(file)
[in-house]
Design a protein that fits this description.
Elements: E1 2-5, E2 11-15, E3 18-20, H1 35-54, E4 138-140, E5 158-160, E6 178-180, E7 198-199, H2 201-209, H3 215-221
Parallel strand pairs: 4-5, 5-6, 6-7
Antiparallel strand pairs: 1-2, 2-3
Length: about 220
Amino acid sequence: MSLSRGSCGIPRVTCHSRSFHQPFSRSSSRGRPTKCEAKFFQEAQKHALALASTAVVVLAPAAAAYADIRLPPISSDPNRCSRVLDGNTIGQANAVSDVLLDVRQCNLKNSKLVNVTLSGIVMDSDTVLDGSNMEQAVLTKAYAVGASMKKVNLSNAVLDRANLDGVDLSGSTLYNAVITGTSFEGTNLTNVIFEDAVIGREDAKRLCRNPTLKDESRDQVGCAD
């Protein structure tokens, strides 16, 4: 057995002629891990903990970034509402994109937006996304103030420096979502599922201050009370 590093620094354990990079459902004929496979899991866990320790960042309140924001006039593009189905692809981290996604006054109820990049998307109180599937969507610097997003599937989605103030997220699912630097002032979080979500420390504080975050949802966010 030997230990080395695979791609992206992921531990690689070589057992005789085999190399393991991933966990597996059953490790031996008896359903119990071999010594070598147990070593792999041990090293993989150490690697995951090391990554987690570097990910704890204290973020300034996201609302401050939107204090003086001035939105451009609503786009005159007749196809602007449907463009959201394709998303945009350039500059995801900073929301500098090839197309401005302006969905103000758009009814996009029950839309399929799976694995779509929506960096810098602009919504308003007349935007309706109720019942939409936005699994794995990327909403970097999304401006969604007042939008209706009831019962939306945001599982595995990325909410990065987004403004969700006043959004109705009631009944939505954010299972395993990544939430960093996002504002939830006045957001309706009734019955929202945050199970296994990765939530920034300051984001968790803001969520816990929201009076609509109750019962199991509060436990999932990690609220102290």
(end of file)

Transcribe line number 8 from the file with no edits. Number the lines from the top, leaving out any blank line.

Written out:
């Protein structure tokens, strides 16, 4: 057995002629891990903990970034509402994109937006996304103030420096979502599922201050009370 590093620094354990990079459902004929496979899991866990320790960042309140924001006039593009189905692809981290996604006054109820990049998307109180599937969507610097997003599937989605103030997220699912630097002032979080979500420390504080975050949802966010 030997230990080395695979791609992206992921531990690689070589057992005789085999190399393991991933966990597996059953490790031996008896359903119990071999010594070598147990070593792999041990090293993989150490690697995951090391990554987690570097990910704890204290973020300034996201609302401050939107204090003086001035939105451009609503786009005159007749196809602007449907463009959201394709998303945009350039500059995801900073929301500098090839197309401005302006969905103000758009009814996009029950839309399929799976694995779509929506960096810098602009919504308003007349935007309706109720019942939409936005699994794995990327909403970097999304401006969604007042939008209706009831019962939306945001599982595995990325909410990065987004403004969700006043959004109705009631009944939505954010299972395993990544939430960093996002504002939830006045957001309706009734019955929202945050199970296994990765939530920034300051984001968790803001969520816990929201009076609509109750019962199991509060436990999932990690609220102290």